All this time I thought gratitude was slavery.
It is not. And. All this gratitude is still more than I can hold by myself.
In a world in which everything breaks to the touch, it is more than a notion or a sentiment to try to hold-with.10 What if The Blue Clerk is a text on holding, being held, being beheld? What if this book is a place to study the possibility of holding, an inventory of instances of holding and possible holding-with and also holding out?
And it ends yes as you say, but it doesn’t conclude.
What kind of holding can we learn from the clerk stowing cargo when we know the brutal forms and legacies of cargo in the hold? Or when we know that fists are full of women’s bodies? Is all holding violent, or is there a holding that doesn’t leave its broken claw in your neck bone?11
Wouldn’t we have to shrug off the dresses that behead us, the constriction of the agreements everyone else had made? What is the difference between being held and being unpinned? Is there a holding-with that releases us? Would the spores know?12
Maybe this is why we are learning how to say, Let us go home? Is holding-with the work of holding the other end of the telephone? Even when twenty mobile phone companies own the electromagnetic spectrum?13 Or to place each other on hold, while we ask someone for directions? Can we bring each other home with all this freight? Maybe by describing what is in the bookbag of the nine-year-old at the top of the street?14 Or what was held with the fibre in the yellow washed house with the hibiscus hedge?15 Could we remember how to gather each other like the words that would collect Brand’s cousins and sisters into an orderly file?16
It must be something to do with care. Is it the same care that keeps us withholding, just reorganized? The blue handling it takes to get to a poised blue?17 Focusing our violet arms into violet hand[s] with violet thumbs?18 Learning to offer violet ambulances that don’t result in violet incarceration?19 Or are our arms already armament? Bullet-made and bullet-ridden like golden slippers?20
Would we experiment with forms of holding? See what we could learn from beautiful bottles that hold blue watercolour?21 Is it depicted there in the 900 petroglyphs of our embraces? From the bit of thread around [the] waists of the butterflies?22
Or do we need to practice letting space hold us? The earth . . . beneath [our] feet? Would its being fresh ploughed make it better (or worse) at teaching us to hold each other?23 Is there a lesson in how the Gulf of Mexico holds brown pelicans and hermit crabs and a deluge of oil at the same time?24 Does holding-with mean acknowledging that we can never be clean here, that all our homes are borrowed here, that all our mouths are gaping now? Is every space a chasm? Or is that only true about this place where I hold forth with you, hold back from you? If we knew how wires braceleted the great music of the ocean, could we bangle the uncontainable?25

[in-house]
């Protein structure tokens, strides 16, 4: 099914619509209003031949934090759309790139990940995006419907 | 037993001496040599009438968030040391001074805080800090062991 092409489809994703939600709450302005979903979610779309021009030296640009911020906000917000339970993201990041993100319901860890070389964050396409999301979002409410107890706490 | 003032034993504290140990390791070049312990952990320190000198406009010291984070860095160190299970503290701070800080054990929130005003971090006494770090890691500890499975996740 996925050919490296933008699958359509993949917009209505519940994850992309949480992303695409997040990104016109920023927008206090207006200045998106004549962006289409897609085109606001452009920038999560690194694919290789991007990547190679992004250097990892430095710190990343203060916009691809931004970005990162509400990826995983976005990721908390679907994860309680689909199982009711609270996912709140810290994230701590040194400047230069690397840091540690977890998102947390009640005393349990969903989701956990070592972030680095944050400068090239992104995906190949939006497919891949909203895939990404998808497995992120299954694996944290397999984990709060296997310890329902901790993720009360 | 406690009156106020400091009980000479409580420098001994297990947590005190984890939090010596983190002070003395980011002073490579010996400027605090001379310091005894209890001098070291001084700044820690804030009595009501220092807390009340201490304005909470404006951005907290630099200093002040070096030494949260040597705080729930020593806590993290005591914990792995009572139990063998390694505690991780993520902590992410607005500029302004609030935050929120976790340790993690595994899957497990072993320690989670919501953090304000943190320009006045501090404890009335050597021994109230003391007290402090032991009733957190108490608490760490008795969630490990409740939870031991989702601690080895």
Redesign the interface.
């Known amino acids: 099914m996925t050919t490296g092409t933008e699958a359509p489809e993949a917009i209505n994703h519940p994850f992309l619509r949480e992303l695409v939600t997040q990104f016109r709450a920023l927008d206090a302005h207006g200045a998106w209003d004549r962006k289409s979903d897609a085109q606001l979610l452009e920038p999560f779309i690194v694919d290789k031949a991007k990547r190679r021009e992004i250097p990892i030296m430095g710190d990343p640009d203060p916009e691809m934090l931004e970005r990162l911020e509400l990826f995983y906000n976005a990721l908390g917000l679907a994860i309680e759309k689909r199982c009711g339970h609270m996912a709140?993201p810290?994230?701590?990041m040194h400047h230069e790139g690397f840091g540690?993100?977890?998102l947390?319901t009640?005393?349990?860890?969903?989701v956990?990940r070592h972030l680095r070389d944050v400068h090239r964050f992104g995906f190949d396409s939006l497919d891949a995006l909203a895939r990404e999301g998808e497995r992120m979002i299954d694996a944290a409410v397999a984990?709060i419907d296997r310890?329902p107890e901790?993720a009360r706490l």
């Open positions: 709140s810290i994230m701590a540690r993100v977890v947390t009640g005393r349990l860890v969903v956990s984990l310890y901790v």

The way ants carry what’s possible? The way a brief brown post office waits for what might be coming?26
The distance in witness and records? What a logbook does to dream them across the abysmal roads? The exemplary inventory, holding the manifest of heartaches?27
Is it just the being here in the face of history? Reaching across time. Standing in the dungeon, we washed their faces, we sewed their thin skins.28
How can we not hold our breath when we depend on something so thin?29
Is it here in the small difference between the ladybird land[ing] and how I felt when someone touched my hair?30
Or maybe the best clue is the clerk. Humming and laughing like somebody’s daughter, holding with, being with, and letting go at the same time.31
Alexis Pauline Gumbs is a cousin, a daughter, and a writer holding multitudes and reaching for more. She is the author of several books, most recently Undrowned: Black Feminist Lessons from Marine Mammals (AK, 2020) and Dub: Finding Ceremony (Duke University Press, 2020). Alexis was a 2020–21 National Humanities Center Fellow and is the cofounder of Mobile Homecoming Trust, a Black LGBTQ experiential archive in Durham, North Carolina. She is also the creative writing editor for Feminist Studies.
 Dionne Brand, The Blue Clerk: Ars Poetica in 59 Versos (Durham, NC: Duke University Press, 2018). All quotes from The Blue Clerk in this essay are in italics; this formatting is my own and does not reflect the original. The six quotes used in the subheads are found here: “Verso 2,” 12; “Verso 4,” 36; “Verso 1.1.01,” 11; “Verso 16.3: Museums and corpses,” 92; “Verso 11,” 68; and “Verso 14,” 78.
 Dionne Brand, A Map to the Door of No Return: Notes to Belonging (Toronto: Vintage Canada, 2001). For information on Brand’s papers and materials held at the National Archives of Canada (now Library and Archives Canada), Ottawa, see http://central.bac-lac.gc.ca/.redirect?app=fonandcol&id=206165&lang=eng.
 Dionne Brand, at a reading of The Blue Clerk followed by a conversation with Saidiya Hartman, “The Sojourner Project: Dialogues on Black Precarity, Fungibility, and Futurity,” a convening curated by the Practicing Refusal Collective, 31 October 2018, Paris. The event was recorded; see https://www.youtube.com/watch?v=Mt-yRZgrCOw (accessed 1 December 2021).
 En Vogue, “Don’t Let Go (Love),” from Set It Off (Music from the New Line Cinema Motion Picture), CD, East West Records, 1996; written by Ivan Matias, Andrea Martin, and Marqueze Etheridge, produced by Organized Noize.
 Alexis Pauline Gumbs, “Deagelar Ma . . . Comère: Dispersed Daughterhood and Queer Desire—a Blue Airmail Letter,” MaComère 8 (2006): 21–34; Dionne Brand, At the Full and Change of the Moon (Toronto: Alfred A. Knopf Canada, 1999).
 A.k.a., “I live in misery when you’re not around.”
 Audre Lorde, letter to Adrienne Rich, 20 September 1992, box 1, folder 4, Audre Lorde Papers, Spelman College Archives, Atlanta.
 Both of those possibilities are now confirmed facts.
 Brand, reading of The Blue Clerk, Paris. In The Blue Clerk, see “Verso 5.1,” 40, and “Verso 55,” 223–24.
 Brand, “Verso 20.2,” in The Blue Clerk, 123. All quotes from The Blue Clerk in this essay are in italics; this formatting is my own and does not reflect the original. See note 1 for citations to the quotes used in the subheads.
 “Verso 2.2.1,” 16; “Verso 3.1,” 23; “Verso 3.2,” 25.
 “Verso 5,” 37; “Verso 5.5,” 43; “Verso 6,” 45.
 “Verso 3.8,” 33; “Verso 18.3,” 105; “Verso 3.7,” 32.
 “Verso 4,” 34.
 “Verso 33.1,” 171; “Verso 4,” 34–35, 35.
 “Verso 4,” 36.
 “Verso 18.4.1,” 106; see also “Verso 13,” 72.
 “Verso 18.4.2,” 107, 107, 108; see also “Verso 48,” 214.
 “Verso 18.4.2,” 107; see also “Verso 36.1,” 184, and “Verso 48,” 214.
 “Verso 19.01,” 114.
 “Verso 5.1,” 40.
 “Verso 6.3,” 48; “Verso 33.1,” 171.
 “Verso 5.1,” 40; “Verso 28,” 159.
 “Verso 5.5,” 43.
 “Verso 16.3: Museums and corpses,” 93; “Verso 41.1,” 204.
 “Verso 18.2,” 104.
 “Verso 10.1,” 61; “Verso 10.2,” 65; “Verso 32.2,” 168.
 “Verso 55,” 224.
 “Verso 34.1,” 178.
 “Verso 33.3,” 176; “Verso 58,” 227.
 See “Verso 19.2,” 117, and elsewhere.